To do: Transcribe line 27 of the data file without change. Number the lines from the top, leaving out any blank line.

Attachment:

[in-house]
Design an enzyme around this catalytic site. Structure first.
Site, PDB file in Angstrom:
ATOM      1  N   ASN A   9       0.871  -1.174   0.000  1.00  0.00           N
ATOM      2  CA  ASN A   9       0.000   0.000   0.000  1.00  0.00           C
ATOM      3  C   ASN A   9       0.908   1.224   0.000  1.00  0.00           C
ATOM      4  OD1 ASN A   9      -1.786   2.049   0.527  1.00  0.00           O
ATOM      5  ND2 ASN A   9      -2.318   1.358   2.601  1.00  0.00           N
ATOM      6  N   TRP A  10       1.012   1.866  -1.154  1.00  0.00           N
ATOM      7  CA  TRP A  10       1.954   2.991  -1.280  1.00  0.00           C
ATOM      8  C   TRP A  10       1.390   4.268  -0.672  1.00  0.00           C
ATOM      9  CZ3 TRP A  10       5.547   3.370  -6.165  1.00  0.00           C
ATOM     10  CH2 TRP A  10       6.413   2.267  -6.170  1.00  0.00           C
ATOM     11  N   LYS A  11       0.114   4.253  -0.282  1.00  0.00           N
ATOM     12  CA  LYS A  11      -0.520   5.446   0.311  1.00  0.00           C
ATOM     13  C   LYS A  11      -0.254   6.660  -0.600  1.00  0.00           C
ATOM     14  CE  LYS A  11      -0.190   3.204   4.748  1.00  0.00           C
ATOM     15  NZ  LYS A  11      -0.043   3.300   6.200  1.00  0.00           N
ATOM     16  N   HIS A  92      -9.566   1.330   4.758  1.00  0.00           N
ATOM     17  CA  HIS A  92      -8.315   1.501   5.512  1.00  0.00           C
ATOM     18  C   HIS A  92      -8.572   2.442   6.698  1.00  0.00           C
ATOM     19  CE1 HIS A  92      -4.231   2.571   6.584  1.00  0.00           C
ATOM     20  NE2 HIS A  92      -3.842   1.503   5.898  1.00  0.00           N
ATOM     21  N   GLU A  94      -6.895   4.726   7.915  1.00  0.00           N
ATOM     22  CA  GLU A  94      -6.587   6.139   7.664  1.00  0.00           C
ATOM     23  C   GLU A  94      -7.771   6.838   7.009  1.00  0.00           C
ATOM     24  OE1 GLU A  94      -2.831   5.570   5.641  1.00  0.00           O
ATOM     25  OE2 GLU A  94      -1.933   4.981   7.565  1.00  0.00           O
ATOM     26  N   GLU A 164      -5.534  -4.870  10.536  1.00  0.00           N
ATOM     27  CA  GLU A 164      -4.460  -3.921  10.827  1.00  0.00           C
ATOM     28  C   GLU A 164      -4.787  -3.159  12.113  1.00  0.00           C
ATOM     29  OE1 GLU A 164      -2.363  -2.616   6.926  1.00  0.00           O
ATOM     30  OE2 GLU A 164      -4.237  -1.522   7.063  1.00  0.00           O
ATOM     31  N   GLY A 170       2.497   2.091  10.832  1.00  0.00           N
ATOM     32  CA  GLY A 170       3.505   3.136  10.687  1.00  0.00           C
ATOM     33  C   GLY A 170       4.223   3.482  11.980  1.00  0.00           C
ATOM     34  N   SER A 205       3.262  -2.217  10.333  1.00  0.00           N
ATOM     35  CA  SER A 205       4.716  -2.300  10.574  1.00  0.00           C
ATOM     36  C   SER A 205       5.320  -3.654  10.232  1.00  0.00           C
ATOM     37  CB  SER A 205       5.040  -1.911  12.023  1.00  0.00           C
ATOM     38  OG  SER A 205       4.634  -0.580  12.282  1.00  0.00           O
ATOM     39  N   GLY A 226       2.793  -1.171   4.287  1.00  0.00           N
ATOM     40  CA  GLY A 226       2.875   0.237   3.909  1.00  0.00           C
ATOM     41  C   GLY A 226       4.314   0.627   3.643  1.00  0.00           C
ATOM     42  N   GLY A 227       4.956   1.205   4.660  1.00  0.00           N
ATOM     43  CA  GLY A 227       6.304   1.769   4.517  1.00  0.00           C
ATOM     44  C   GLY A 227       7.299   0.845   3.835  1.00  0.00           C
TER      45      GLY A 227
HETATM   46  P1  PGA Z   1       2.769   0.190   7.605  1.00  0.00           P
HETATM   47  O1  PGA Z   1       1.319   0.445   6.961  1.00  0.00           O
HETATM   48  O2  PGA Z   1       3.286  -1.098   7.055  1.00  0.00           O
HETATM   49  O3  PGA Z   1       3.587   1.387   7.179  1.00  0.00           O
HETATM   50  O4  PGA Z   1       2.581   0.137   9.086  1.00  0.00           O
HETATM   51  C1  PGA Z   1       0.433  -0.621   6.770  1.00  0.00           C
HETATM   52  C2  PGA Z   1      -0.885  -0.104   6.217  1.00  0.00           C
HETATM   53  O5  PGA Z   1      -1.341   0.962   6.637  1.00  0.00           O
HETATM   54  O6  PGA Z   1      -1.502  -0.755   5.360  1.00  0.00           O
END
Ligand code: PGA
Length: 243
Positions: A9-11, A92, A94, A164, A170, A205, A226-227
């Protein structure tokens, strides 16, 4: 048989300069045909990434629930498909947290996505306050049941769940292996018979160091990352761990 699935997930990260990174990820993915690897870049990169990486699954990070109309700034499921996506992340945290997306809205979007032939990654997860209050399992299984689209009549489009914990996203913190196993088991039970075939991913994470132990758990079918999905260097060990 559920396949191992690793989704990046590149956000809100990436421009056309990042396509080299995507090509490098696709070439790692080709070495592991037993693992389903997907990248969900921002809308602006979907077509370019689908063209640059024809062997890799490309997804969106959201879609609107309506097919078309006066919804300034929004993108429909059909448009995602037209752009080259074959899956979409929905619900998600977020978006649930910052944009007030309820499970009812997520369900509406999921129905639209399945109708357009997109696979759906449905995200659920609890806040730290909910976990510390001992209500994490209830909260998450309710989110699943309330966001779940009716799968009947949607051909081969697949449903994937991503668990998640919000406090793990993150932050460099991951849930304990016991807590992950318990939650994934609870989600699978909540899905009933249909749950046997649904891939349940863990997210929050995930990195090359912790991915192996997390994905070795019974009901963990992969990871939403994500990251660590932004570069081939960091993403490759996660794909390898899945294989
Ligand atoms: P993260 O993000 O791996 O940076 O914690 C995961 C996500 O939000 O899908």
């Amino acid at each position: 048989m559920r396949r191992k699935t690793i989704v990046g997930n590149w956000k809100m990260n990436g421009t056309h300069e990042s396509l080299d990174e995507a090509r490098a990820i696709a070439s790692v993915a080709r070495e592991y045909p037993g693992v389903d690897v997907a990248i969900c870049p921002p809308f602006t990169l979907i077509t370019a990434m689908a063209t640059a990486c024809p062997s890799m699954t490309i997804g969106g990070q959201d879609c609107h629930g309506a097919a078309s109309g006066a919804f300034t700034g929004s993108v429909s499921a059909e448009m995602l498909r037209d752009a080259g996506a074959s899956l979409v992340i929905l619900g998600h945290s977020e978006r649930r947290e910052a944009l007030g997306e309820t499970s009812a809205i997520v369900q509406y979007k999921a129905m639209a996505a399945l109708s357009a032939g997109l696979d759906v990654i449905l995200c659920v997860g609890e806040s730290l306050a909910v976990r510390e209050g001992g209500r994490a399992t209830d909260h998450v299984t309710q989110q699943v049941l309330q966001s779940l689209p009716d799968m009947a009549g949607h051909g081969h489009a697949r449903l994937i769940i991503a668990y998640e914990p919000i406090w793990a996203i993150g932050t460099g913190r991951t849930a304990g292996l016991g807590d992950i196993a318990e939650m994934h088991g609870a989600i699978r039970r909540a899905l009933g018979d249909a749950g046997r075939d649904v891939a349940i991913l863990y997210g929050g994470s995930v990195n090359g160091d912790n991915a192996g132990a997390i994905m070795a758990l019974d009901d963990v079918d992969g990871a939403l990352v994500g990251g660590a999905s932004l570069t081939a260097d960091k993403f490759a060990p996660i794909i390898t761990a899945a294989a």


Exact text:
ATOM     24  OE1 GLU A  94      -2.831   5.570   5.641  1.00  0.00           O